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Wichotsak Ronarongpairee has worked with traditional fishing communities in Thailand for decades. As chairman of the Thai Sea Watch Association (TSWA), a non-government organisation focused on conserving and restoring marine and coastal resources in southern Thailand, he saw the impact COVID-19 was having on small-scale fisherfolk and the community.

“During the lockdown, the fish markets were temporarily closed. Few people visited so local fishers lost their regular clientele, and fresh seafood prices significantly dropped by more than a half due to higher transportation costs,” said Ronarongpairee. “Local fishers have their seafood, but lack income to pay bills or debts.”

Wichotsak Ronarongpairee, chairman of the Thai Sea Watch Association
Wichotsak Ronarongpairee, chairman of the Thai Sea Watch Association © Thai Sea Watch Association, Federation of Thai Fisherfolk Associations, European Union, and Oxfam.

Recognising how other groups of people were also struggling, Ronarongpairee set up a fund to bring the community together and ease the hardship many were facing. For a 150 THB ($5 USD) donation, people could help purchase seafood from local fisherfolk, which would then be provided to the community, such as the blind and front-line medical staff. In just a month almost 60,000 THB ($1870 USD) was raised and a ton of local fish caught by several fisherfolk communities in Southern Thailand was delivered to over 500 care workers.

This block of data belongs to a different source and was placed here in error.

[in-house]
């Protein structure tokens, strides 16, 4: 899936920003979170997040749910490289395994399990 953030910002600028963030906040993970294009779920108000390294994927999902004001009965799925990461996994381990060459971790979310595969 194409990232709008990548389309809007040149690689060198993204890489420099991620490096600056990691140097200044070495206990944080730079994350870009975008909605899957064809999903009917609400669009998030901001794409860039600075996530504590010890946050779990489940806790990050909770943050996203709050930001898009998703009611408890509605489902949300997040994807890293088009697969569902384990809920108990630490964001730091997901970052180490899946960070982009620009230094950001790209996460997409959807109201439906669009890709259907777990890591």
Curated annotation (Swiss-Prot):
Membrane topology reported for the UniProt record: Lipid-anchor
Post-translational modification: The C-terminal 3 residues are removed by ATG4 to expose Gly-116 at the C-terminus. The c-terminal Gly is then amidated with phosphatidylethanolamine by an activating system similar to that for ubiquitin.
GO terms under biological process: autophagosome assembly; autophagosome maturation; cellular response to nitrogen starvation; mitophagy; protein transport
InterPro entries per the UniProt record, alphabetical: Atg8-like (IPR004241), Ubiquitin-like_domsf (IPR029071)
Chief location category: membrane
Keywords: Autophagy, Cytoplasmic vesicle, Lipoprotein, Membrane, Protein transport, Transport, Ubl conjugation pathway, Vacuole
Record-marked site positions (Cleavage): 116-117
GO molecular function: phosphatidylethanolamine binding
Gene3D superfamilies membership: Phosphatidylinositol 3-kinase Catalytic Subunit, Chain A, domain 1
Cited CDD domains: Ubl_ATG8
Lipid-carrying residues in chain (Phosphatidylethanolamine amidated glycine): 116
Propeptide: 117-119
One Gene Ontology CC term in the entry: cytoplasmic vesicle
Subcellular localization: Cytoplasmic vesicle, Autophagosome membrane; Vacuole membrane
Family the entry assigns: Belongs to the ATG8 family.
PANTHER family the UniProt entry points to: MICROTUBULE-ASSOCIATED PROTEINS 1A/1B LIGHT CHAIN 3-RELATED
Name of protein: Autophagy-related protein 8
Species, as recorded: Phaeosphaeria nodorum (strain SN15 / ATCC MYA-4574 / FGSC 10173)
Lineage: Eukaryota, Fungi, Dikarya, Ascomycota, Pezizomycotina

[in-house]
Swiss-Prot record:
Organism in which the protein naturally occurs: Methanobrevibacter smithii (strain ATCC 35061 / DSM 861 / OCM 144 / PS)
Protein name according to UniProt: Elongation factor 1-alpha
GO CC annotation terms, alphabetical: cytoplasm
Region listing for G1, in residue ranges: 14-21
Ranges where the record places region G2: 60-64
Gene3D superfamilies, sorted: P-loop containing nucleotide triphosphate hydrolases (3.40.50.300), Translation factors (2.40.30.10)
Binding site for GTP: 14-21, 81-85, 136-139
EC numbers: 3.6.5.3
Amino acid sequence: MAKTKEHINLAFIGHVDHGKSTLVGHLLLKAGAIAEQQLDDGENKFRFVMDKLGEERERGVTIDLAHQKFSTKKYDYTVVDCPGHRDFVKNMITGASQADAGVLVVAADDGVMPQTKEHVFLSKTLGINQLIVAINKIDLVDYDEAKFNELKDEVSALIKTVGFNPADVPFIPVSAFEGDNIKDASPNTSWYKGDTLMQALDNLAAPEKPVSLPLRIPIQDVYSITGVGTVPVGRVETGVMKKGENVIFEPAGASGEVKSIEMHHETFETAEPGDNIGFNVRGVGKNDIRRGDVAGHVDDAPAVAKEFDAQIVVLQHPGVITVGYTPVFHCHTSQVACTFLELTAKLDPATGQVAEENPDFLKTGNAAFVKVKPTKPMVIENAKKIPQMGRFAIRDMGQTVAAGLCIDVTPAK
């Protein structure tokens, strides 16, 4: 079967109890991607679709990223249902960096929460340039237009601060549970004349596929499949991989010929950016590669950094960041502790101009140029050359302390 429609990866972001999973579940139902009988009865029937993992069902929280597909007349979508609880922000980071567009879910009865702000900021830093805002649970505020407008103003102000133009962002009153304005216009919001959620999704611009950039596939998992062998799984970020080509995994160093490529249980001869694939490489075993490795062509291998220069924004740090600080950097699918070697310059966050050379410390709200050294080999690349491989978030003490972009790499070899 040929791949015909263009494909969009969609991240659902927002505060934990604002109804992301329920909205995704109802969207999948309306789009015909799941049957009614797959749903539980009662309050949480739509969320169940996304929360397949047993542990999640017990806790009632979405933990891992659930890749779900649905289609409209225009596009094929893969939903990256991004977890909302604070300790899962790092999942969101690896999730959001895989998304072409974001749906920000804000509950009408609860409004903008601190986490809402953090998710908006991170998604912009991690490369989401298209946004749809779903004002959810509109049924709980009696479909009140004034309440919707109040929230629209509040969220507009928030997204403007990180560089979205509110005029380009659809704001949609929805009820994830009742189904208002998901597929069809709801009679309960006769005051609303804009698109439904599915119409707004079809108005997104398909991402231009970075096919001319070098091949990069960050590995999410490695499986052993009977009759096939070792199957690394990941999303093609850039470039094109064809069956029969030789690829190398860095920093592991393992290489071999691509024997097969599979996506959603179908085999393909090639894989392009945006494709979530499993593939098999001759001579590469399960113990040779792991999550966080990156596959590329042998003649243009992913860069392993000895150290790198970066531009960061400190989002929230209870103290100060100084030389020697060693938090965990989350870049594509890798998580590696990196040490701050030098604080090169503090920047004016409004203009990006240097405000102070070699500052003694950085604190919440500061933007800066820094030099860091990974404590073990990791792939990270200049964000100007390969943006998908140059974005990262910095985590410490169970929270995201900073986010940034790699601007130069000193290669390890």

“Many care workers posted photos of the fish they received to thank us. These products are not expensive, but the care workers appreciated the kind support at this time,” Ronarongpairee said.

Care worker who received the product
Care worker holds a tub of sweet boiled mackerel, a traditional Thai dish, and a letter from the Local Seafood Ambassador program with a message of support © Thai Sea Watch Association, Federation of Thai Fisherfolk Associations, European Union, Oxfam.

As COVID-19 has changed the way in which many people conduct business, Ronarongpairee thinks that selling seafood directly from local fishers to consumers would continue growing, especially as online ordering has increased. Furthermore, due to the shorter supply chain, consumers can knowingly purchase fresh and clean seafood that is free from non-destructive, traditional fishing methods.

“The uncertainty of the coronavirus situation leaves sellers and buyers in a difficult situation. I believe that more fishers will try to sell seafood directly to customers. As communication becomes easier, they have the potential to produce and sell products online by themselves,” he said.

Seafood products getting packed for shipping to care workers
Seafood products getting packed for shipping to care workers © Thai Sea Watch Association, Federation of Thai Fisherfolk Associations, European Union, Oxfam.

After the success of this donation drive, Ronarongpairee said the mission will continue. Later this month, TSWA will create another program to deliver local fish to poor, homeless and disabled people in collaboration with other foundations.

Sirichai Leelertyuth (Max) is the Oceans Communication Officer at Greenpeace Thailand.